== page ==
Pages of The Advocate from the early 70's talking about BALSA and related articles
Pages of The Advocate from the early 70's talking about BALSA and related articles

Those Who Have Come Before

As Fordham Law’s Black Law Students Association turns 50, the recent discovery of the organization’s founding documents shines new light on the journey Fordham Law students of color have made at the school—and why the organization’s existence is more important than ever.
By Paula Derrow
Fordham BLSA 50 Years logo
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ast August, Afrika Owes ’24 headed to the meeting room of Fordham Law’s chapter of the Black Law Students Association (BLSA) to do some straightening up. “I’d just come back from the diversity, equity, and inclusion picnic and wanted to get the office ready for the new semester,” said Owes, BLSA’s president for 2022–2023. But her work was quickly interrupted when she came across a dusty binder deep in a file cabinet.

“I assumed it was an old photo album, but when I started looking through it, I saw that it contained the founding documents of Fordham Law’s BLSA,” she said.

Noticing the dates on the documents, she realized that the group’s 50th anniversary was approaching. “I couldn’t believe that we were totally unaware,” she said.

Owes immediately shared the news with Rian Morrissey ’24, BLSA’s chair of professional development, who was sitting nearby, then dialed Ferrell Littlejohn ’24, BLSA’s vice president, who was out to dinner with friends. “We were all floored,” said Littlejohn.

Celebration and Reflection

Their excitement grew as Owes texted Littlejohn photos of the documents, which included a group charter and a list of the founding members, including BLSA chairs Allan Elmore ’75 and Olivia Valentine ’74 as well as Judge Eugene Oliver ’77 and Lofton Holder ’75. Owes and Littlejohn were also struck by plans to create a law school pipeline program for area students. As part of that effort, their BLSA forebears hosted a Law Day on October 28, 1973, after being approached for help recruiting Black students by then dean of admissions William J. Moore. “The event, which invited “all [sic] third world college students who are interested in pursuing a law career,” featured representatives from 15 law schools speaking to over 300 local college students—and 45 attendees signed up as potential Fordham Law applicants.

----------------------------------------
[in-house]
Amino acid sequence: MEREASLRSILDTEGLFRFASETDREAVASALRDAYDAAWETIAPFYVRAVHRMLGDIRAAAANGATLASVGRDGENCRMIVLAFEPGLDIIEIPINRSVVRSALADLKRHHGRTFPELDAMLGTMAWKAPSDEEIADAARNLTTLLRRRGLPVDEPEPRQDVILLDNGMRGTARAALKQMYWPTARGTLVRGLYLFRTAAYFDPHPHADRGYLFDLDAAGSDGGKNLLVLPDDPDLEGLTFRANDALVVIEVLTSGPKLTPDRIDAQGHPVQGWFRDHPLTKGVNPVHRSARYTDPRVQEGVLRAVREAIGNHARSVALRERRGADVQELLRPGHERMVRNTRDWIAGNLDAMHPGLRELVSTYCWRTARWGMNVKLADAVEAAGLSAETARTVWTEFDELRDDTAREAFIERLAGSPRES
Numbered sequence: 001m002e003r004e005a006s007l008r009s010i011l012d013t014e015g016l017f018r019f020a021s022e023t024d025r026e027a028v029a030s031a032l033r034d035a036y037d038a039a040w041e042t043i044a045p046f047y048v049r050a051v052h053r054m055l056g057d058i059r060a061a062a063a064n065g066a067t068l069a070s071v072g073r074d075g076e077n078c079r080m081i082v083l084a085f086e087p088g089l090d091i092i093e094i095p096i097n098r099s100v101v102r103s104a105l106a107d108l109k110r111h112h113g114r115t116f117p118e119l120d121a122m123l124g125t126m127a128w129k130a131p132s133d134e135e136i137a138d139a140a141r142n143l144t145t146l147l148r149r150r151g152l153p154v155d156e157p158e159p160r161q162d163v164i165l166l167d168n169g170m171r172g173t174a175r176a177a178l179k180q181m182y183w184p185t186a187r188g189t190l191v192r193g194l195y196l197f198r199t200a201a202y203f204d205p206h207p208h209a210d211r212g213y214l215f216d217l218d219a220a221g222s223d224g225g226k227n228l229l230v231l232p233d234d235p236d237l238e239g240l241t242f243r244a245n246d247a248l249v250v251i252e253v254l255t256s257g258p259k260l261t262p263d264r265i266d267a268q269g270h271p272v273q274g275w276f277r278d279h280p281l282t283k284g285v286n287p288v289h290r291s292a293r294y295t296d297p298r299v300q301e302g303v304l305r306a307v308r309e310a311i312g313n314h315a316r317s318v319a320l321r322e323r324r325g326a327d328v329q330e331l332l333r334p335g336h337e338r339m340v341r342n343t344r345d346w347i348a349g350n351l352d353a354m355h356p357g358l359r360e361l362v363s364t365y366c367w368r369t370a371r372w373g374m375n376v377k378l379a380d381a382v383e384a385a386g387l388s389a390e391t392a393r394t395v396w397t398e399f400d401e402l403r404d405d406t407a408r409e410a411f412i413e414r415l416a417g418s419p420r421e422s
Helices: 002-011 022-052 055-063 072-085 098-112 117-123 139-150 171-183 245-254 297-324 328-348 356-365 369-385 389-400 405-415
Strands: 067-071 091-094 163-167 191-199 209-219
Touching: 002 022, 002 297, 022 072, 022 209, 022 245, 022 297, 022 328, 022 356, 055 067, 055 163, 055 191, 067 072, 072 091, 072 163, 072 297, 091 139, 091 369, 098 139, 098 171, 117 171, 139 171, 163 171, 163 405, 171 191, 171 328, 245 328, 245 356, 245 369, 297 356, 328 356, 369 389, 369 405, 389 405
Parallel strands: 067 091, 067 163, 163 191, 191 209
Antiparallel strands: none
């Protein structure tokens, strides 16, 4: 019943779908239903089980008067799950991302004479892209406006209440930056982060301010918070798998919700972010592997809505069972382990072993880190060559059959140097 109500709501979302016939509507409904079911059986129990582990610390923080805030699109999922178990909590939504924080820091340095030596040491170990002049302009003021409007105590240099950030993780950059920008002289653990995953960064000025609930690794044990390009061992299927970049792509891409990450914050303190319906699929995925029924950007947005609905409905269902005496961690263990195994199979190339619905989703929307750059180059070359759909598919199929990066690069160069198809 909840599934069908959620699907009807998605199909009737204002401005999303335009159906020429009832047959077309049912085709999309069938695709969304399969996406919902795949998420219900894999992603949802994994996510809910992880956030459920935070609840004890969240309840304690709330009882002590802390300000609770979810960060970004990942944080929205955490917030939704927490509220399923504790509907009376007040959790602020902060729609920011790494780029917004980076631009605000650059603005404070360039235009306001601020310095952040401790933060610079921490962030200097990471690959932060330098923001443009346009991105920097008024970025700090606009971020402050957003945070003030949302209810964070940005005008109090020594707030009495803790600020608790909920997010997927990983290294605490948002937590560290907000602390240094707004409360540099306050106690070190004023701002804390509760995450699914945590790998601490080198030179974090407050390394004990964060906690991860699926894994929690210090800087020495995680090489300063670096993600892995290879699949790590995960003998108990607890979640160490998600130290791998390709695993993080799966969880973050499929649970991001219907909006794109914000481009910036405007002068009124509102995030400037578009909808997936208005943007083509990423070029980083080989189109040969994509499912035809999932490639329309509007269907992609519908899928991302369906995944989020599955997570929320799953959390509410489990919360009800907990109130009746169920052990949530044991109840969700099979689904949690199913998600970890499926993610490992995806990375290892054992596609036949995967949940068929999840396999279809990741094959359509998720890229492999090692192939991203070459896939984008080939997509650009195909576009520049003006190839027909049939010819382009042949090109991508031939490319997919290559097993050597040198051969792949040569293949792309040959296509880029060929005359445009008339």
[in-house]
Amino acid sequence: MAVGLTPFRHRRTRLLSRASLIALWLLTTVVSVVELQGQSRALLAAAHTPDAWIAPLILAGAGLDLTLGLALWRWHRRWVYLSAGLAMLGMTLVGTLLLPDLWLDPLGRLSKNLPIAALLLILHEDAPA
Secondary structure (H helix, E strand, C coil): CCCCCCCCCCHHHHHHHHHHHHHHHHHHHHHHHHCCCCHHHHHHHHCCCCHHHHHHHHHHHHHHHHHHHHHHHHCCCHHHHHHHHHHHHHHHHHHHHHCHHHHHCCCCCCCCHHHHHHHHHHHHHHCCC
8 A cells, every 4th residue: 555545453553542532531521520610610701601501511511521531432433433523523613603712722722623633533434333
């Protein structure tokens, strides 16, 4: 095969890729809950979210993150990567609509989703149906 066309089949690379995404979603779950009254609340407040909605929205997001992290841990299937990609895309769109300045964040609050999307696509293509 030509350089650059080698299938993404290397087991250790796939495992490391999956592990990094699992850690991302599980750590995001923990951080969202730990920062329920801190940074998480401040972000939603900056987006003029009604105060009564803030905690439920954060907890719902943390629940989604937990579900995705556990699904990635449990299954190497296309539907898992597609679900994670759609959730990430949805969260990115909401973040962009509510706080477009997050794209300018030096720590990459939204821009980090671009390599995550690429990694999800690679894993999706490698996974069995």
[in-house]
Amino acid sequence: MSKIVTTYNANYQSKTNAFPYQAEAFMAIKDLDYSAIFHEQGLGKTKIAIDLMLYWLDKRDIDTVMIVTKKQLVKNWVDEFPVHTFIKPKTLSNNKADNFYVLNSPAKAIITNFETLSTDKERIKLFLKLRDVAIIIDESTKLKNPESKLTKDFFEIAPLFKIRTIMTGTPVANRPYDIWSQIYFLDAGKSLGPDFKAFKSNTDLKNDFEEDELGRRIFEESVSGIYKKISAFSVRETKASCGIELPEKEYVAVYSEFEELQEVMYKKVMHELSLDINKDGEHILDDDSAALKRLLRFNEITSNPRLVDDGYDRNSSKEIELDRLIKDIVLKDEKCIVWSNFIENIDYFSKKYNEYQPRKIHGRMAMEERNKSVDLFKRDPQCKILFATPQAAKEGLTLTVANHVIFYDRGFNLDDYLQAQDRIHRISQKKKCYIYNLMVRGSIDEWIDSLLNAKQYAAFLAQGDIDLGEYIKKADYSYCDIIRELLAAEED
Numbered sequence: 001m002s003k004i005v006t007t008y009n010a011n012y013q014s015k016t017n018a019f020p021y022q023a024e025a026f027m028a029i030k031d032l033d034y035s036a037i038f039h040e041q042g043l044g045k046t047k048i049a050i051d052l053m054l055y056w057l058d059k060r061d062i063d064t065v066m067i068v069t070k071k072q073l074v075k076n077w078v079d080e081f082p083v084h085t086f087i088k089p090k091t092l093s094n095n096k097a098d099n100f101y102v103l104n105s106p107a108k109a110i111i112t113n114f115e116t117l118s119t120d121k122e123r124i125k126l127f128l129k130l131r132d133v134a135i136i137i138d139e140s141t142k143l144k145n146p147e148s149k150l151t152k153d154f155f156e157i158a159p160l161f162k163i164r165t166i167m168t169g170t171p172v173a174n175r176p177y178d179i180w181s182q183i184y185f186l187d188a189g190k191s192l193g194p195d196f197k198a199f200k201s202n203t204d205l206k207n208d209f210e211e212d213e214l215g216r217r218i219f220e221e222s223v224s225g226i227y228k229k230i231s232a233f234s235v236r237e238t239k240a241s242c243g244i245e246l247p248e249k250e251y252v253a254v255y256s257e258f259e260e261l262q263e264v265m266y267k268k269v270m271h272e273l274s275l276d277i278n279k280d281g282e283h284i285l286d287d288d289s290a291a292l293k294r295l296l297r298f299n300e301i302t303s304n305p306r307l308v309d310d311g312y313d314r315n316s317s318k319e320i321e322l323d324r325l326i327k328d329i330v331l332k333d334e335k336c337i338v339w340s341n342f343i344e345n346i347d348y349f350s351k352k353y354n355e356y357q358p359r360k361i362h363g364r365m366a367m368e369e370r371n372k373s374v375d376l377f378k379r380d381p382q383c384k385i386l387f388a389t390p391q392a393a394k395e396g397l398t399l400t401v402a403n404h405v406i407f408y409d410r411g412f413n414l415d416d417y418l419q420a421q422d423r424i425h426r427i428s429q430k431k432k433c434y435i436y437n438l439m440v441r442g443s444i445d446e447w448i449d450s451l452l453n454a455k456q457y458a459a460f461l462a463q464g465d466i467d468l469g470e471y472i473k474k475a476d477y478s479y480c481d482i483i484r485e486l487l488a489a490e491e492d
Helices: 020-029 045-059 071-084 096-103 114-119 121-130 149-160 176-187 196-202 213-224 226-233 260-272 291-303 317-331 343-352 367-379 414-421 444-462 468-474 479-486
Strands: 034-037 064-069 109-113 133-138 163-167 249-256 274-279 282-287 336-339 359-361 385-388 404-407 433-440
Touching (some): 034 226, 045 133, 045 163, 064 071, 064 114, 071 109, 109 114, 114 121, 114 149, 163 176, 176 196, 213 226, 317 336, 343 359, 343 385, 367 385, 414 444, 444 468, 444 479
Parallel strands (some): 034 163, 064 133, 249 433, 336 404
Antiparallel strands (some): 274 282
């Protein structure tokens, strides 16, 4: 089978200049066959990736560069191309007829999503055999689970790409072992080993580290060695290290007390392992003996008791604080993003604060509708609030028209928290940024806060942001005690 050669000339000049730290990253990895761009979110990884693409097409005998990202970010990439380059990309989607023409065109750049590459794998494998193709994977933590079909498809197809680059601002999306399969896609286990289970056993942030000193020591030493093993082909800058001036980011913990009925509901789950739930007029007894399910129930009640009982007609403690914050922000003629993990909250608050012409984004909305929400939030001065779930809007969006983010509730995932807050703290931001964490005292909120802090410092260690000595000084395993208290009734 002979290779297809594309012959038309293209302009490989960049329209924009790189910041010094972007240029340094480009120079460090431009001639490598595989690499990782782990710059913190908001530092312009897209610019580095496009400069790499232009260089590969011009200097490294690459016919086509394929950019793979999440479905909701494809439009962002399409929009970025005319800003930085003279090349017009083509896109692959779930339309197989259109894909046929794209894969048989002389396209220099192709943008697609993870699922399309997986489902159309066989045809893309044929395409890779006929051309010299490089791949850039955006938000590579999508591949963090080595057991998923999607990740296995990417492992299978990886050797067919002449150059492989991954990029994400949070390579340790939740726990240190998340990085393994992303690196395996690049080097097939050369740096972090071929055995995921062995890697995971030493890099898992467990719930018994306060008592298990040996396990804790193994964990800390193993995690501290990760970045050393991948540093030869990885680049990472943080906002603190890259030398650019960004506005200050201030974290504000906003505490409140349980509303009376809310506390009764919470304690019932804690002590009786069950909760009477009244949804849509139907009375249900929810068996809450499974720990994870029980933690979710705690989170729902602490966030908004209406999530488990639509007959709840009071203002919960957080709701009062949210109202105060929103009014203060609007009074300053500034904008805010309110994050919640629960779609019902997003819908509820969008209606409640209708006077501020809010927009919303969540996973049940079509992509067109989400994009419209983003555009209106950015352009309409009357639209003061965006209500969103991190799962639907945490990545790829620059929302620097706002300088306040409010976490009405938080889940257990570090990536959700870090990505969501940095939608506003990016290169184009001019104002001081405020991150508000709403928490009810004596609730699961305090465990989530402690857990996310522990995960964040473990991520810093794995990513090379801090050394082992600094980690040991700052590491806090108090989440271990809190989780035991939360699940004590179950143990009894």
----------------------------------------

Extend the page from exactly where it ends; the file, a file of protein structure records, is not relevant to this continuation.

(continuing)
“The whole idea was to get Black students applying and admitted, since Fordham was behind NYU and Columbia Law in terms of numbers,” said Olivia Valentine ’74, who co-chaired BLSA in its second year, in 1973–1974. “We put out a huge effort, including inviting law school recruiters who interviewed Black undergraduates on the spot,” recalled Valentine, who spent 11 years as a city council member for Hawthorne, California, and was an attorney for the Federal Aviation Administration.

Littlejohn says the event brought Fordham Law’s current Increasing Diversity in Education and the Law (IDEAL) pipeline program to mind, but even more striking was an initiative to advocate for the hiring of Fordham Law’s first Black law professor, something that didn’t happen until more than a decade later when Judge Deborah A. Batts joined the faculty in 1984. (Judge Batts would go on to receive tenure in 1990. After her death in 2020, a scholarship was endowed in her memory that provides support for students dedicated to using their legal education to promote social justice, civil rights, and equality; Owes and Littlejohn are both recipients of the scholarship.)

“So many of the issues we’re focused on now, like getting more Black professors, are issues they focused on back then,” said Morrissey. “The same challenges they faced are the ones we are facing.”

A Numbers Gap

Those ongoing challenges include concern about the still small numbers of Black law students and Black legal professionals across the country, whether in big law firms, judgeships, or prestigious public interest positions. The original BLSA binder contained statistics showing that, in 1970, Black lawyers constituted 1.3% of all lawyers in the United States; some states, including Maine, New Mexico, and South Dakota, had no Black lawyers at all.